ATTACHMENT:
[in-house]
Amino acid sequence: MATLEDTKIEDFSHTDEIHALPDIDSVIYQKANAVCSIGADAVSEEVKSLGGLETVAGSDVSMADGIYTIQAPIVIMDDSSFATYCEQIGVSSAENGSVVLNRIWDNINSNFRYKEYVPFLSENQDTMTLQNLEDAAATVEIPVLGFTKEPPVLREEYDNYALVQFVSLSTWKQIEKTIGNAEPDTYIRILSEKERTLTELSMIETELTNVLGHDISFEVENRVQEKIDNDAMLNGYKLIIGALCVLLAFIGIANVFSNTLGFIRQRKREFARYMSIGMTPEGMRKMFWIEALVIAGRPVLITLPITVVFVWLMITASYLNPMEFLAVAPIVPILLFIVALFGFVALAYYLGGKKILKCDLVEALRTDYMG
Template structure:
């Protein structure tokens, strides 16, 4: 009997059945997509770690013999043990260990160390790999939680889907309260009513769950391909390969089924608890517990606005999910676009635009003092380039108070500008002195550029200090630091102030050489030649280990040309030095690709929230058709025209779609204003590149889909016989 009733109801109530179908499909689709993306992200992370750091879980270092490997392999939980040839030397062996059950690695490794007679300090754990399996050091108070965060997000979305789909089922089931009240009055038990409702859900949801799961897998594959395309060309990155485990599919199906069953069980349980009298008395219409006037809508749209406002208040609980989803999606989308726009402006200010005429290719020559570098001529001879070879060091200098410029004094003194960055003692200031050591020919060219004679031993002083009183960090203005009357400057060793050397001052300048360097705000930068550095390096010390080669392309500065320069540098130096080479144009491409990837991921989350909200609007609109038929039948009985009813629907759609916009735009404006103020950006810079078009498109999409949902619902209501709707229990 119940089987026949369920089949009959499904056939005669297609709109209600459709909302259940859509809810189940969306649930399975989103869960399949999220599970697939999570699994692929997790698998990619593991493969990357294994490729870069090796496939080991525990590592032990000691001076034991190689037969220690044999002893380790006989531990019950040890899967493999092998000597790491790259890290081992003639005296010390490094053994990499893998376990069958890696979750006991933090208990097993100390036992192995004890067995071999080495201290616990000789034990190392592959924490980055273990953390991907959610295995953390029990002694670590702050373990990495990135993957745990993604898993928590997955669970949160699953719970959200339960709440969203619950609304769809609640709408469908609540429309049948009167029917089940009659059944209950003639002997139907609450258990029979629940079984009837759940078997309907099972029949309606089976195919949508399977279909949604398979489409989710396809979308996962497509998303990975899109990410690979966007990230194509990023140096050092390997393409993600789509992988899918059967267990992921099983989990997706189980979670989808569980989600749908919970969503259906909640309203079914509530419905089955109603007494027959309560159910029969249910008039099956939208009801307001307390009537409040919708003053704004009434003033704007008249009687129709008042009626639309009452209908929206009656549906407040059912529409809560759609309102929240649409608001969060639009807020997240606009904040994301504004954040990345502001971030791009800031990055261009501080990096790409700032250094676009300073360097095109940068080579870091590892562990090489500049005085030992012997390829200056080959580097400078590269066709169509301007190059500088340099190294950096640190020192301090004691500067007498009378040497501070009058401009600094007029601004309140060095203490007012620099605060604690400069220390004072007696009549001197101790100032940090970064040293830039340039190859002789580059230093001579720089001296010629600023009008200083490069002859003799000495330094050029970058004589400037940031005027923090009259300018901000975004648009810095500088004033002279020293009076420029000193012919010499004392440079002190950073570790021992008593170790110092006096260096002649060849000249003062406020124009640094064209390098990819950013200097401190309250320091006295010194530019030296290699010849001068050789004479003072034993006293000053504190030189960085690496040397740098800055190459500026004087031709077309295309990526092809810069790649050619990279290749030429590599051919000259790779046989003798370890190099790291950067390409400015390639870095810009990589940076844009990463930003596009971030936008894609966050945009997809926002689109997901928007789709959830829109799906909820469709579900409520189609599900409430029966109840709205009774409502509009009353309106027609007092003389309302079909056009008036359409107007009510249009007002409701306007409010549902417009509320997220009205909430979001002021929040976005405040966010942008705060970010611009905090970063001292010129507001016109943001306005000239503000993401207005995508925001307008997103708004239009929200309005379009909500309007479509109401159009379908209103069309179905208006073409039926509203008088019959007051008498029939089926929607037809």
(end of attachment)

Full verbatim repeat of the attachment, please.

[in-house]
Amino acid sequence: MATLEDTKIEDFSHTDEIHALPDIDSVIYQKANAVCSIGADAVSEEVKSLGGLETVAGSDVSMADGIYTIQAPIVIMDDSSFATYCEQIGVSSAENGSVVLNRIWDNINSNFRYKEYVPFLSENQDTMTLQNLEDAAATVEIPVLGFTKEPPVLREEYDNYALVQFVSLSTWKQIEKTIGNAEPDTYIRILSEKERTLTELSMIETELTNVLGHDISFEVENRVQEKIDNDAMLNGYKLIIGALCVLLAFIGIANVFSNTLGFIRQRKREFARYMSIGMTPEGMRKMFWIEALVIAGRPVLITLPITVVFVWLMITASYLNPMEFLAVAPIVPILLFIVALFGFVALAYYLGGKKILKCDLVEALRTDYMG
Template structure:
């Protein structure tokens, strides 16, 4: 009997059945997509770690013999043990260990160390790999939680889907309260009513769950391909390969089924608890517990606005999910676009635009003092380039108070500008002195550029200090630091102030050489030649280990040309030095690709929230058709025209779609204003590149889909016989 009733109801109530179908499909689709993306992200992370750091879980270092490997392999939980040839030397062996059950690695490794007679300090754990399996050091108070965060997000979305789909089922089931009240009055038990409702859900949801799961897998594959395309060309990155485990599919199906069953069980349980009298008395219409006037809508749209406002208040609980989803999606989308726009402006200010005429290719020559570098001529001879070879060091200098410029004094003194960055003692200031050591020919060219004679031993002083009183960090203005009357400057060793050397001052300048360097705000930068550095390096010390080669392309500065320069540098130096080479144009491409990837991921989350909200609007609109038929039948009985009813629907759609916009735009404006103020950006810079078009498109999409949902619902209501709707229990 119940089987026949369920089949009959499904056939005669297609709109209600459709909302259940859509809810189940969306649930399975989103869960399949999220599970697939999570699994692929997790698998990619593991493969990357294994490729870069090796496939080991525990590592032990000691001076034991190689037969220690044999002893380790006989531990019950040890899967493999092998000597790491790259890290081992003639005296010390490094053994990499893998376990069958890696979750006991933090208990097993100390036992192995004890067995071999080495201290616990000789034990190392592959924490980055273990953390991907959610295995953390029990002694670590702050373990990495990135993957745990993604898993928590997955669970949160699953719970959200339960709440969203619950609304769809609640709408469908609540429309049948009167029917089940009659059944209950003639002997139907609450258990029979629940079984009837759940078997309907099972029949309606089976195919949508399977279909949604398979489409989710396809979308996962497509998303990975899109990410690979966007990230194509990023140096050092390997393409993600789509992988899918059967267990992921099983989990997706189980979670989808569980989600749908919970969503259906909640309203079914509530419905089955109603007494027959309560159910029969249910008039099956939208009801307001307390009537409040919708003053704004009434003033704007008249009687129709008042009626639309009452209908929206009656549906407040059912529409809560759609309102929240649409608001969060639009807020997240606009904040994301504004954040990345502001971030791009800031990055261009501080990096790409700032250094676009300073360097095109940068080579870091590892562990090489500049005085030992012997390829200056080959580097400078590269066709169509301007190059500088340099190294950096640190020192301090004691500067007498009378040497501070009058401009600094007029601004309140060095203490007012620099605060604690400069220390004072007696009549001197101790100032940090970064040293830039340039190859002789580059230093001579720089001296010629600023009008200083490069002859003799000495330094050029970058004589400037940031005027923090009259300018901000975004648009810095500088004033002279020293009076420029000193012919010499004392440079002190950073570790021992008593170790110092006096260096002649060849000249003062406020124009640094064209390098990819950013200097401190309250320091006295010194530019030296290699010849001068050789004479003072034993006293000053504190030189960085690496040397740098800055190459500026004087031709077309295309990526092809810069790649050619990279290749030429590599051919000259790779046989003798370890190099790291950067390409400015390639870095810009990589940076844009990463930003596009971030936008894609966050945009997809926002689109997901928007789709959830829109799906909820469709579900409520189609599900409430029966109840709205009774409502509009009353309106027609007092003389309302079909056009008036359409107007009510249009007002409701306007409010549902417009509320997220009205909430979001002021929040976005405040966010942008705060970010611009905090970063001292010129507001016109943001306005000239503000993401207005995508925001307008997103708004239009929200309005379009909500309007479509109401159009379908209103069309179905208006073409039926509203008088019959007051008498029939089926929607037809």